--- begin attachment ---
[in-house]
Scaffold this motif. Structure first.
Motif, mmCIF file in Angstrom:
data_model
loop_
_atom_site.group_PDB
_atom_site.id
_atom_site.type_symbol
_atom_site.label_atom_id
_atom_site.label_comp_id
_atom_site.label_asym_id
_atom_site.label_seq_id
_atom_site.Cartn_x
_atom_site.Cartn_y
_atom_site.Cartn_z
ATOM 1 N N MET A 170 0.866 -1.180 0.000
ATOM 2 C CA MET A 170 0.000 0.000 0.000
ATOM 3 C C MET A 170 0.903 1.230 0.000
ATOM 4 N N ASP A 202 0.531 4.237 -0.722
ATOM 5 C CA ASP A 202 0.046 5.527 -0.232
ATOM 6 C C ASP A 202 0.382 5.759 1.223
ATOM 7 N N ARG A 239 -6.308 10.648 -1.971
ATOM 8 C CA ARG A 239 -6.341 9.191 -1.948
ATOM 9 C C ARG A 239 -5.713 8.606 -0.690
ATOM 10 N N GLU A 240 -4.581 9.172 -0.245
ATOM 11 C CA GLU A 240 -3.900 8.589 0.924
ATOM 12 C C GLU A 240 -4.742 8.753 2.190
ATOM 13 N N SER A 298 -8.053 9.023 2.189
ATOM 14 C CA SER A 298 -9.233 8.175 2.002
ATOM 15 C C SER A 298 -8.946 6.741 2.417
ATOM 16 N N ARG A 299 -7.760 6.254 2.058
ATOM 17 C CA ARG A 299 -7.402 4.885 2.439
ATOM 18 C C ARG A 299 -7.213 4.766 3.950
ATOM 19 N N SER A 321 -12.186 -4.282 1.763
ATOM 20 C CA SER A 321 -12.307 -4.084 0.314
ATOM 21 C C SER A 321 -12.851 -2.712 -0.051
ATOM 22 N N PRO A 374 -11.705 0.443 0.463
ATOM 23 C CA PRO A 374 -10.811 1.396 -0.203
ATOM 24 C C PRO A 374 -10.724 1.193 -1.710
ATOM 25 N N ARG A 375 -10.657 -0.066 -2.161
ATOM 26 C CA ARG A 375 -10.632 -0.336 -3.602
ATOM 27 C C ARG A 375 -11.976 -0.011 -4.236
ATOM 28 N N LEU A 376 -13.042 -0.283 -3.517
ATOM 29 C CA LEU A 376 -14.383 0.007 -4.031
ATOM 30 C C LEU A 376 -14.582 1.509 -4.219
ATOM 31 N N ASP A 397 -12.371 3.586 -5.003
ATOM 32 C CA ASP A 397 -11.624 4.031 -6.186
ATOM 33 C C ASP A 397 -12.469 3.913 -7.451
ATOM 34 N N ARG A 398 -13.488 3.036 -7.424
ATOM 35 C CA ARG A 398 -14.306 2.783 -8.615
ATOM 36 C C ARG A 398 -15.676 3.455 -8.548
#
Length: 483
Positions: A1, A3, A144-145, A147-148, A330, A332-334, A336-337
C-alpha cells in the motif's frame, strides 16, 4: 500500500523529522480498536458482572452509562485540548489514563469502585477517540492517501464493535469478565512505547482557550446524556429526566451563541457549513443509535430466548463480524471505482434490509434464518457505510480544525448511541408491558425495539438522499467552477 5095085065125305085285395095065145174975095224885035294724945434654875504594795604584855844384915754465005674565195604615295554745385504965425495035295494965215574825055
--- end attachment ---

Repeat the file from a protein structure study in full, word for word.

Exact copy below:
[in-house]
Scaffold this motif. Structure first.
Motif, mmCIF file in Angstrom:
data_model
loop_
_atom_site.group_PDB
_atom_site.id
_atom_site.type_symbol
_atom_site.label_atom_id
_atom_site.label_comp_id
_atom_site.label_asym_id
_atom_site.label_seq_id
_atom_site.Cartn_x
_atom_site.Cartn_y
_atom_site.Cartn_z
ATOM 1 N N MET A 170 0.866 -1.180 0.000
ATOM 2 C CA MET A 170 0.000 0.000 0.000
ATOM 3 C C MET A 170 0.903 1.230 0.000
ATOM 4 N N ASP A 202 0.531 4.237 -0.722
ATOM 5 C CA ASP A 202 0.046 5.527 -0.232
ATOM 6 C C ASP A 202 0.382 5.759 1.223
ATOM 7 N N ARG A 239 -6.308 10.648 -1.971
ATOM 8 C CA ARG A 239 -6.341 9.191 -1.948
ATOM 9 C C ARG A 239 -5.713 8.606 -0.690
ATOM 10 N N GLU A 240 -4.581 9.172 -0.245
ATOM 11 C CA GLU A 240 -3.900 8.589 0.924
ATOM 12 C C GLU A 240 -4.742 8.753 2.190
ATOM 13 N N SER A 298 -8.053 9.023 2.189
ATOM 14 C CA SER A 298 -9.233 8.175 2.002
ATOM 15 C C SER A 298 -8.946 6.741 2.417
ATOM 16 N N ARG A 299 -7.760 6.254 2.058
ATOM 17 C CA ARG A 299 -7.402 4.885 2.439
ATOM 18 C C ARG A 299 -7.213 4.766 3.950
ATOM 19 N N SER A 321 -12.186 -4.282 1.763
ATOM 20 C CA SER A 321 -12.307 -4.084 0.314
ATOM 21 C C SER A 321 -12.851 -2.712 -0.051
ATOM 22 N N PRO A 374 -11.705 0.443 0.463
ATOM 23 C CA PRO A 374 -10.811 1.396 -0.203
ATOM 24 C C PRO A 374 -10.724 1.193 -1.710
ATOM 25 N N ARG A 375 -10.657 -0.066 -2.161
ATOM 26 C CA ARG A 375 -10.632 -0.336 -3.602
ATOM 27 C C ARG A 375 -11.976 -0.011 -4.236
ATOM 28 N N LEU A 376 -13.042 -0.283 -3.517
ATOM 29 C CA LEU A 376 -14.383 0.007 -4.031
ATOM 30 C C LEU A 376 -14.582 1.509 -4.219
ATOM 31 N N ASP A 397 -12.371 3.586 -5.003
ATOM 32 C CA ASP A 397 -11.624 4.031 -6.186
ATOM 33 C C ASP A 397 -12.469 3.913 -7.451
ATOM 34 N N ARG A 398 -13.488 3.036 -7.424
ATOM 35 C CA ARG A 398 -14.306 2.783 -8.615
ATOM 36 C C ARG A 398 -15.676 3.455 -8.548
#
Length: 483
Positions: A1, A3, A144-145, A147-148, A330, A332-334, A336-337
C-alpha cells in the motif's frame, strides 16, 4: 500500500523529522480498536458482572452509562485540548489514563469502585477517540492517501464493535469478565512505547482557550446524556429526566451563541457549513443509535430466548463480524471505482434490509434464518457505510480544525448511541408491558425495539438522499467552477 5095085065125305085285395095065145174975095224885035294724945434654875504594795604584855844384915754465005674565195604615295554745385504965425495035295494965215574825055